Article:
Caravaggio was a celebrity before fame was fashionable, an artist in a world where the brothel and the church were the social spaces — both selling sex and death, but with different currencies.
Controlling your own selfie wasn’t an option before photography. When he was on the run for murder, Caravaggio probs regretted painting his self-portrait. But there he is in Beyond Caravaggio at the National Gallery in London, holding a lantern over Judas as he betrays Jesus with a kiss in The Taking of Christ, a masterpiece that fell into obscurity for a few centuries, much like Caravaggio’s fame.
Derek Jarman’s film Caravaggio is a violent love story starring Tilda Swinton, before she grew up to be David Bowie. Swinton plays that familiar virgin-whore icon everyone’s mom warns them about. The division of good and evil, self and twin, me and you, appears to be distinct yet is as ambiguous as a blurred selfie. By using prostitutes to model as saints, committing murder, and dying mysteriously, Caravaggio played the role of artist as rock star.
Pablo Picasso’s ‘Portrait of Olga Picasso’ and ‘Woman in a Hat (Olga)’
Picasso’s Portraits at the National Portrait Gallery in London is a cast of weeping women bled dry by the vampiric painter, at least in this visually complex version of his story. Did Picasso attract sad women? Did he make them cry? Or is melancholic just the way his artist’s eye sees them?
Fernande Olivier (who shared his starving-artist days when Pablo still managed to stay on the wrong side of porky), Françoise Gilot (the only one who dumped him), and his last wife Jacqueline have the same Virgin Mary hairstyle and woeful expression. His beautiful ballerina wife Olga is celebrated on canvas — until their bad break-up, when he hacks her face into Cubist bits. But there are photographs of her to show us what she really looked like.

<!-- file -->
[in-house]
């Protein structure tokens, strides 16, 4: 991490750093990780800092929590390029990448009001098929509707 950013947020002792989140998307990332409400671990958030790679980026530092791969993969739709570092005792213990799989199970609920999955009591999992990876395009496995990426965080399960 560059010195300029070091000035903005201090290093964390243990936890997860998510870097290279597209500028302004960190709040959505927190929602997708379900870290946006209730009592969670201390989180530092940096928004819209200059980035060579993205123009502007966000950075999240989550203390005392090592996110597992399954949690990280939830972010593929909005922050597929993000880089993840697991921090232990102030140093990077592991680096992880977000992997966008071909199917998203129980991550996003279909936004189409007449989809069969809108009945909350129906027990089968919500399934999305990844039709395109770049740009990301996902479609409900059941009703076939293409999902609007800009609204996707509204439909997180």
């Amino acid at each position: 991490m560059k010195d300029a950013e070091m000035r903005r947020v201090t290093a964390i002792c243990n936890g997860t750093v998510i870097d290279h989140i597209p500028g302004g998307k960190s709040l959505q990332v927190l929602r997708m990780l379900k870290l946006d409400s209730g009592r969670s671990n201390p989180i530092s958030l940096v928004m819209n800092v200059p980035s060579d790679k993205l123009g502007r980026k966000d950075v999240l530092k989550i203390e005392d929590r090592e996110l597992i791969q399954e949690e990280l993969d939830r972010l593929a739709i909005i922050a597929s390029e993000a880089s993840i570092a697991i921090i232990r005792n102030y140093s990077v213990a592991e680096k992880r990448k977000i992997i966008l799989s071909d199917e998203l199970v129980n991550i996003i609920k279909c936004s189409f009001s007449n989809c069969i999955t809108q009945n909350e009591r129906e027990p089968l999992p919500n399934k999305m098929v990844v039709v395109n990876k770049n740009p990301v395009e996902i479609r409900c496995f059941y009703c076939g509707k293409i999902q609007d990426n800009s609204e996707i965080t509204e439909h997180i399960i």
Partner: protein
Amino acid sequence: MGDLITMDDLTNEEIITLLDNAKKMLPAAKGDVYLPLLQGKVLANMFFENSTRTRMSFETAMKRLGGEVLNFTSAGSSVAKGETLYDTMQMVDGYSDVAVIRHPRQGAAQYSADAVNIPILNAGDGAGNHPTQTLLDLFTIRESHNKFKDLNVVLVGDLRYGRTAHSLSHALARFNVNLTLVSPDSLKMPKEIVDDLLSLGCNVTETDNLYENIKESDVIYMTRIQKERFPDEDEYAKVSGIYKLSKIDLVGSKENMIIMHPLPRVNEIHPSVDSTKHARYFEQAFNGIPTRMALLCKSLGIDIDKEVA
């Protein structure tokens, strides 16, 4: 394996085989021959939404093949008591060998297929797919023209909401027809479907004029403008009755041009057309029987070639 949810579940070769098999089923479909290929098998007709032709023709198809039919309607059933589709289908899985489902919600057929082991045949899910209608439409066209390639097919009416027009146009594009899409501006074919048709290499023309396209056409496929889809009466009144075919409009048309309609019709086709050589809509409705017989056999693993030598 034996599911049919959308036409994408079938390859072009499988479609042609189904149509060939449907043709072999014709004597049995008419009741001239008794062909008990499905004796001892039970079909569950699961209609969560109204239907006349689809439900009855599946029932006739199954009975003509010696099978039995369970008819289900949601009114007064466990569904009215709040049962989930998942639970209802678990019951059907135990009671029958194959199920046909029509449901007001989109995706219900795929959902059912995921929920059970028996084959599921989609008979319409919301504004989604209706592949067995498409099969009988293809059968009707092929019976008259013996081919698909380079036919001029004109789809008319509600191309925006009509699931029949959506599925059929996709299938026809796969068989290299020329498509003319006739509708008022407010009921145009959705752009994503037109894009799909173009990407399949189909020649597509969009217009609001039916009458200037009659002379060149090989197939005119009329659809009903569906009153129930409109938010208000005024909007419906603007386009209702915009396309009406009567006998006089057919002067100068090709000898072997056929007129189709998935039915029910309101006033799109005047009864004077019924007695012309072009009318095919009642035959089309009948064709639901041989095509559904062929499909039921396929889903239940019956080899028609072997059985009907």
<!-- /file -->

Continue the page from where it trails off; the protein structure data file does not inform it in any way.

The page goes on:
My photogenic frenemy, who gets lots of blind dates with men who don’t stay for dessert, looks like Louise Brooks in pictures and more Richard the Third IRL. In pictures I’m more psychotic boy scout than femme fatale but, as Mr. Lash insists, pure gorgeous IRL. I haven’t looked in the mirror since eating an entire bag of crisps, so I’ll take his word for it.
When I discovered that my ex-stalker fan has been distributing distorted-lens shots of me posing onstage as my evil twin, I was tempted to take some selfies to prove that I’m not a minger. But then I went out without my phone. That pang I feel when I forget to wear my Tiffany bracelet was absent as I rummaged in my vintage Bao and wondered if I had lost the Beijing platinum phone or left it behind, with messages from secret admirers unprotected on the screen.
Enjoying the absence of beeps, the silence broken only by the click-click of my Louboutins, the idea of digital suicide came to me on the road to Selfridges. But what will I miss? A new death threat from my mom? A self-destruct snap of my faux boyfriend’s bum? The opportunity to selfie myself in the hairdresser’s scary mirror? The beauty of an evil twin is having someone to scapegoat. She can try digital death first. If she goes to hell and meets lots of interesting people with no camera phones, I’ll join her. I love you all, but bear in mind I’m two-faced.
If you like Shallow Not Stupid, you’ll love Spying on Strange Men